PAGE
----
ROCKPORT, Maine — In May, when a sailboat flipped over and two people were stranded in Sennebec Pond, first responders found a boat to help save the pair, but no paddles. To get to the victims, the rescuers found shovels to paddle the boat and save the sailors.
On several other occasions as well, police, fire or rescue personnel in Knox County have had to borrow and commandeer boats for rescues or to recover bodies. After a string of these events, a Rockport couple decided to buy two emergency response boats for county first responders.
The donated emergency boats cost about $15,000 total. To pay for them, avid boaters Jan Frost and Eric Anderson of Rockport sold one of their own vessels.
“It came to our attention on a number of occasions that first responders were risking their own lives to do recovery or rescue on bodies of water,” Anderson said. “We thought, they risk their lives and they don’t have good equipment.”
Both boats are inflatable and can be deployed rapidly. Being so portable, each also can be taken easily to any emergency scene. All officers have to do is take the boat out of its carrying bag, hook it to a compressed air tank, and within minutes it’s ready to launch. The couple also donated two outboard motors to attach to the boats.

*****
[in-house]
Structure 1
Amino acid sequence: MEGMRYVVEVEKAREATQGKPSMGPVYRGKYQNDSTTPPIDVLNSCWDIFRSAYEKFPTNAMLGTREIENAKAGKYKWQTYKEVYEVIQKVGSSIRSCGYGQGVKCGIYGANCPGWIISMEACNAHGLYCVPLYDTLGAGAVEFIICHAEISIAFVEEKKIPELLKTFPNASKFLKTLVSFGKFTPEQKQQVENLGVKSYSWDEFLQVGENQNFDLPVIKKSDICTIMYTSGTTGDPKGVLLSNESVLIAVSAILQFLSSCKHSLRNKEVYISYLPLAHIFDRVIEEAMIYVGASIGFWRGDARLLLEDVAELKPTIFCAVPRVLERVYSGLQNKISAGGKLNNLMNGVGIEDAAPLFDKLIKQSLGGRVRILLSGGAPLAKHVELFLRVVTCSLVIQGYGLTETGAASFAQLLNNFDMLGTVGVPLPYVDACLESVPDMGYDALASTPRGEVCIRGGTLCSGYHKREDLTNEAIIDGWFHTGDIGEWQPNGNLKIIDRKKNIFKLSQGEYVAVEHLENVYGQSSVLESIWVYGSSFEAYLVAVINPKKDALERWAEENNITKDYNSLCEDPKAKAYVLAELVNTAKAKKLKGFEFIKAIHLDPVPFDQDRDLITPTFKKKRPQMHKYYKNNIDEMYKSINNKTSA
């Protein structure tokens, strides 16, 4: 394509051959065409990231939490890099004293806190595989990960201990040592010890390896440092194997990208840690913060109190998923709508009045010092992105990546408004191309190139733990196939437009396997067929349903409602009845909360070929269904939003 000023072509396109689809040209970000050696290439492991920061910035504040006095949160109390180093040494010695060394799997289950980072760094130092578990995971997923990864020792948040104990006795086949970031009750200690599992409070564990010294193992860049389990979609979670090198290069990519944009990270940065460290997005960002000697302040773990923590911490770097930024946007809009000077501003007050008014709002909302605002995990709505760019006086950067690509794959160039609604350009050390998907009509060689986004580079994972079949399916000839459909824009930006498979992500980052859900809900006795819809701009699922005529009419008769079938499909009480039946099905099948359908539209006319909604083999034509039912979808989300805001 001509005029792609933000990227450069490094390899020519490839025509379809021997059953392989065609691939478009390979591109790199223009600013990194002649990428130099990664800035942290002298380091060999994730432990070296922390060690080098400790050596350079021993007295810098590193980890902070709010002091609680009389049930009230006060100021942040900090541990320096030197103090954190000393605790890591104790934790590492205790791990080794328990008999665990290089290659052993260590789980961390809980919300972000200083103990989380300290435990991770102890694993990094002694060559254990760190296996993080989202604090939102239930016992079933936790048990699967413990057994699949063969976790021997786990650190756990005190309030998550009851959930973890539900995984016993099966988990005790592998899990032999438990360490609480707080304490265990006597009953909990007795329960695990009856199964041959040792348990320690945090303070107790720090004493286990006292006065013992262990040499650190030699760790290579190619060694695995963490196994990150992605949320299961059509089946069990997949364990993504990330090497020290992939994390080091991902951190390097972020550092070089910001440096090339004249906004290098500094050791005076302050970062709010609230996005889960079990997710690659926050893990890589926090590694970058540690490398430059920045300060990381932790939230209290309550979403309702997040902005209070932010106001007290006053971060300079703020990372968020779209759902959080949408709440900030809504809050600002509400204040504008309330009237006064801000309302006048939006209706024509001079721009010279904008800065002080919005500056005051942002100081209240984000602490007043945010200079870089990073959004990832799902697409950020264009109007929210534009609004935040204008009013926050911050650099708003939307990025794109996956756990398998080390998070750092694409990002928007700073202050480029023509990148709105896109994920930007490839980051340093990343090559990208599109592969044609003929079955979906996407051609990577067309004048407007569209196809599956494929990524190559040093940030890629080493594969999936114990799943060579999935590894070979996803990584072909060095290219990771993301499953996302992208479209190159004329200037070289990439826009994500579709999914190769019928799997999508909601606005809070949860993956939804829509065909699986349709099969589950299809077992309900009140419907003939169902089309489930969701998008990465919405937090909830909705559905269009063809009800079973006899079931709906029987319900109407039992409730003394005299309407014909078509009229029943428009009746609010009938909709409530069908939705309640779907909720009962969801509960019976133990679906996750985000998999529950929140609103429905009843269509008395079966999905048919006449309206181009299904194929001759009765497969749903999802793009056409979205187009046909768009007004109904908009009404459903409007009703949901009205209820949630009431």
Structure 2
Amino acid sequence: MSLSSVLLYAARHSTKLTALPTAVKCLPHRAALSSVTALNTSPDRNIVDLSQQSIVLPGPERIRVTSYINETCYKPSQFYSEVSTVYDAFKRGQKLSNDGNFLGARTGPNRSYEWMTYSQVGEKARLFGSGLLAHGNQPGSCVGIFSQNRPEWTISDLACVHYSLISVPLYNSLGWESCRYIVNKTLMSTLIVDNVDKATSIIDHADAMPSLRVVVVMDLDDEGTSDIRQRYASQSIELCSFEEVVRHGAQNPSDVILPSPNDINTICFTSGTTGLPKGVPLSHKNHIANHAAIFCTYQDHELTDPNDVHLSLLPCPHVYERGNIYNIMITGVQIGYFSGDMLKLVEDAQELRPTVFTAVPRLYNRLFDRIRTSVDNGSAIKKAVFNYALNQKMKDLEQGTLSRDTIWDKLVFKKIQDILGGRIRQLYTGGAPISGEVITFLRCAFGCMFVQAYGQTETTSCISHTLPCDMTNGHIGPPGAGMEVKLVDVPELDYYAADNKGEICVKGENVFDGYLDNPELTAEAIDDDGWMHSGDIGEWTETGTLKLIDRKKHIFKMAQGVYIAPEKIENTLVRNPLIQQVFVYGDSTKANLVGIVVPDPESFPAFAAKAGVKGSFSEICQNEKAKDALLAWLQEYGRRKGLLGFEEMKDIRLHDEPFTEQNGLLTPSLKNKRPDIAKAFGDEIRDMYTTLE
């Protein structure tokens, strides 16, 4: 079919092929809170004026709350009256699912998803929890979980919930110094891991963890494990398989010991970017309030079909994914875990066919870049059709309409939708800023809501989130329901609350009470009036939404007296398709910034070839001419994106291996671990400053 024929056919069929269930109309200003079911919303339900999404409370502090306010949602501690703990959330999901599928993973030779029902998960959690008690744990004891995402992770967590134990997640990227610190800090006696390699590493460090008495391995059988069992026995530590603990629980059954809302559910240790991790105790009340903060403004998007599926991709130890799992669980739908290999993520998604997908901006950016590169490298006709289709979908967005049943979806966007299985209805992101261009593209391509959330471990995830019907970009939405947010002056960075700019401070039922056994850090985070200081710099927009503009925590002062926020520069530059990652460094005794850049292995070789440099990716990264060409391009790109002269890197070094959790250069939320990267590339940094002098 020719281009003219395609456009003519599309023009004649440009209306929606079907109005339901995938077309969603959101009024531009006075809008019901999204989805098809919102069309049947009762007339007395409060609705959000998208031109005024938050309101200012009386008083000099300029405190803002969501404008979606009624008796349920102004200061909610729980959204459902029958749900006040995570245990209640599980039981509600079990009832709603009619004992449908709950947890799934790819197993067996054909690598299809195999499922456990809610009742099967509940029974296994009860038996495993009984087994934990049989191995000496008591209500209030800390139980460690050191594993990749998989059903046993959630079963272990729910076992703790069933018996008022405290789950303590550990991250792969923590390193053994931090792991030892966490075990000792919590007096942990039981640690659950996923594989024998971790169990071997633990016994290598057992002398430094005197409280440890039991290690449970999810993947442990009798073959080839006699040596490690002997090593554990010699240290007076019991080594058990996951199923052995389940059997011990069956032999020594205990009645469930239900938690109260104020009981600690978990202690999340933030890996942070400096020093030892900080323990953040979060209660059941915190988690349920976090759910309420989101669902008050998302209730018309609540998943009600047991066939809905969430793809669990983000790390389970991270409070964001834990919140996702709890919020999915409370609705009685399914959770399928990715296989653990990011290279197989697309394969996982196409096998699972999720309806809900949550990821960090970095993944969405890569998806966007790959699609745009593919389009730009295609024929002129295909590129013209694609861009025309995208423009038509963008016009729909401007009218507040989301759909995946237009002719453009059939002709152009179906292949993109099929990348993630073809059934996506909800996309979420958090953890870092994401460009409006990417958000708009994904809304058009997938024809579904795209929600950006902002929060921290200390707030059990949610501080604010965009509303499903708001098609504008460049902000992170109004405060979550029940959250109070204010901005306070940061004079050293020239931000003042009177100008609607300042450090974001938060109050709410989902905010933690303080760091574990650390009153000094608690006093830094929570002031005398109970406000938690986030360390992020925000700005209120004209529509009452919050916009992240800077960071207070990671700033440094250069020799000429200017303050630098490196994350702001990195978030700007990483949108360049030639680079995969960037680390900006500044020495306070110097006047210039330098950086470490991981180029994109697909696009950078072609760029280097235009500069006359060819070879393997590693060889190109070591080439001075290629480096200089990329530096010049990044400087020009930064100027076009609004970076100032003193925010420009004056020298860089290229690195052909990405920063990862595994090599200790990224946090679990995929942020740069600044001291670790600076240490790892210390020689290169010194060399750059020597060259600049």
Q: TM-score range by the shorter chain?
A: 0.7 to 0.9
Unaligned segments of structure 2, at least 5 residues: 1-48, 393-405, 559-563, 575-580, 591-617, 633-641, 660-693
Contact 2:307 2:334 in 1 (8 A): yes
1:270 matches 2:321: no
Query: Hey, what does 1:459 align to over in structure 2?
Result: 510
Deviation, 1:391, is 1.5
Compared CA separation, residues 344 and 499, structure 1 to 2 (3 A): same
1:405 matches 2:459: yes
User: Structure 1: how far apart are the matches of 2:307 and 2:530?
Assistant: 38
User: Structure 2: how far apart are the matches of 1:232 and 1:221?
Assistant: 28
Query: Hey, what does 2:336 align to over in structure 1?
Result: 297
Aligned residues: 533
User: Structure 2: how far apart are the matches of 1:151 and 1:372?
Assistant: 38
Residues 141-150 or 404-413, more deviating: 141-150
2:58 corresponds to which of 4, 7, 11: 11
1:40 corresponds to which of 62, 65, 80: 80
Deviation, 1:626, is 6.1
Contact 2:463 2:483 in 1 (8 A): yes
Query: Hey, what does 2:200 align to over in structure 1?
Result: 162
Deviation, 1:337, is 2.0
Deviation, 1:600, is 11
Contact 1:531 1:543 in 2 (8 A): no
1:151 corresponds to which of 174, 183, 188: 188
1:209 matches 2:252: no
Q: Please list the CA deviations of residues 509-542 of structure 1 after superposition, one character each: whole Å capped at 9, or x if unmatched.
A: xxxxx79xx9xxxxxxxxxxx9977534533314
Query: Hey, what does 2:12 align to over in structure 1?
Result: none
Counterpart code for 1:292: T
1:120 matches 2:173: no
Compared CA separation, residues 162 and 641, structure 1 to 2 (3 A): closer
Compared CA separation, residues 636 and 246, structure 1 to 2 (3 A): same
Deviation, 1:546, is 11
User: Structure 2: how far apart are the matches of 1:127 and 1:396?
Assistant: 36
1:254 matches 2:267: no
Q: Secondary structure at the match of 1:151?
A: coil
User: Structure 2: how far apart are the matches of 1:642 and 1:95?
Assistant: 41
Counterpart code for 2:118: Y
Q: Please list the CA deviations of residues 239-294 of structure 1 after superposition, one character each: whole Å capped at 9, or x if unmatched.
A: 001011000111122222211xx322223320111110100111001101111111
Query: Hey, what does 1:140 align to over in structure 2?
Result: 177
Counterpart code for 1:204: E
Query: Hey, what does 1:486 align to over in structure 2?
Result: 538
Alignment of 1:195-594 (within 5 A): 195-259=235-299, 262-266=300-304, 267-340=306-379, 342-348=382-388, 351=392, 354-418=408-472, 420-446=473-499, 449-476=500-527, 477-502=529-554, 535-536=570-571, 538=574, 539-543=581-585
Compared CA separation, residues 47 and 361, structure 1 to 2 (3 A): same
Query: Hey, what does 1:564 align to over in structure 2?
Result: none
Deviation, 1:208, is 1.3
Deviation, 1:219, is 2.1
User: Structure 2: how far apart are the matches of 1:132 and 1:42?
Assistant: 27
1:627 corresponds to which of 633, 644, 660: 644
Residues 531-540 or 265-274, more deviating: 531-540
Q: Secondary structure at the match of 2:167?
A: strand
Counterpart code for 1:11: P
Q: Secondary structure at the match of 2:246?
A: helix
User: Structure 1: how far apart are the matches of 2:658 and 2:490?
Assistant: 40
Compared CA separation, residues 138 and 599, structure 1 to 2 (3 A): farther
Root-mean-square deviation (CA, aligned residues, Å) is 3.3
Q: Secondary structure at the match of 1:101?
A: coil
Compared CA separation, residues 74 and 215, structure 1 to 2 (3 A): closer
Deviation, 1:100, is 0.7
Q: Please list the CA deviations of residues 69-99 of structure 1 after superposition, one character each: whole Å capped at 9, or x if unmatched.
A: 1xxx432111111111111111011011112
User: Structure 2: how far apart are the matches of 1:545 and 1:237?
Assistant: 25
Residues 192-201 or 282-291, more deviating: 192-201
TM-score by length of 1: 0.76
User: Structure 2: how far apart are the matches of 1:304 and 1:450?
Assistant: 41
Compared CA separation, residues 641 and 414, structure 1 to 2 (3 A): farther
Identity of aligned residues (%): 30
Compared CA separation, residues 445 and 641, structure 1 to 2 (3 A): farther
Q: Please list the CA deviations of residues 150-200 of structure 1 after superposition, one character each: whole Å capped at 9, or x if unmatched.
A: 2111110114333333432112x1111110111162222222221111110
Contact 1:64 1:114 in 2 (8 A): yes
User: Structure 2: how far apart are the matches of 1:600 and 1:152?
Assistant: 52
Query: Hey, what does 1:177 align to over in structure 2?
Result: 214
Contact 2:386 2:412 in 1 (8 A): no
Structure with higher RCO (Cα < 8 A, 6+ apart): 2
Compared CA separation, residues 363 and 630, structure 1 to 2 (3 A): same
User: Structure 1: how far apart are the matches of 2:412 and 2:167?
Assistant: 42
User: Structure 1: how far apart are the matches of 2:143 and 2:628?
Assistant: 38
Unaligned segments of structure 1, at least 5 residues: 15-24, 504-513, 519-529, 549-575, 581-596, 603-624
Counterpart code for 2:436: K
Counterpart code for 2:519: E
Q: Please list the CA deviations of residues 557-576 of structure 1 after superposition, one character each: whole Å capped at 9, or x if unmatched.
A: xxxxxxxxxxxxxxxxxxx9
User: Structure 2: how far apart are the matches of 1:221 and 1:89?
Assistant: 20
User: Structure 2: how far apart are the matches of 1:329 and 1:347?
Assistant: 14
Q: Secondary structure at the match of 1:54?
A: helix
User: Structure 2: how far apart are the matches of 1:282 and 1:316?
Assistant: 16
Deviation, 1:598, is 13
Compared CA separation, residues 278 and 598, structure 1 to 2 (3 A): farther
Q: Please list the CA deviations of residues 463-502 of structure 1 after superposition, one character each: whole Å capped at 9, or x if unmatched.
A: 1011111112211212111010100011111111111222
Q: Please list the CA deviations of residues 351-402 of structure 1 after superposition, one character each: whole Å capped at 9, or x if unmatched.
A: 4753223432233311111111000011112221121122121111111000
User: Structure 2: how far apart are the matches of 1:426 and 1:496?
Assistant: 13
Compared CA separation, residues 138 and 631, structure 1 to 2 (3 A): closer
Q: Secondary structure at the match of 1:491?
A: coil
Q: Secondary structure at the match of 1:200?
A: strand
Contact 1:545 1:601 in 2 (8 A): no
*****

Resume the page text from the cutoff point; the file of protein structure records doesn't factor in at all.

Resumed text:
While the boats will be available for any emergency in the county, the couple worked with Ray Sisk, director of the Knox County Emergency Management Agency, to decide where to keep the boats. Sisk picked the Union and Thomaston fire departments to house the boats because of their proximity to other towns and to the lakes and rivers in the region.
“It’s actually pretty huge for our capabilities here,” Sisk said. “Eric and Jan saw there was a real gap in our ability to do freshwater rescues on the ponds and lakes. We have the saltwater sites covered pretty well. It closes a huge gap we had.”
Thomaston and Union fire departments will hold a joint training session at 9 a.m. Saturday, Oct. 16, at the Ayer Park landing on Route 235 in Union, according to Sisk.
“We hope [the boats] are never used, but the reality is that they are going to use them in the future. Hopefully, they will be for rescue, but often they are for [body] recoveries,” Anderson said. “We want to make sure first responders who are putting their lives on the line are safe. No one else has to die.”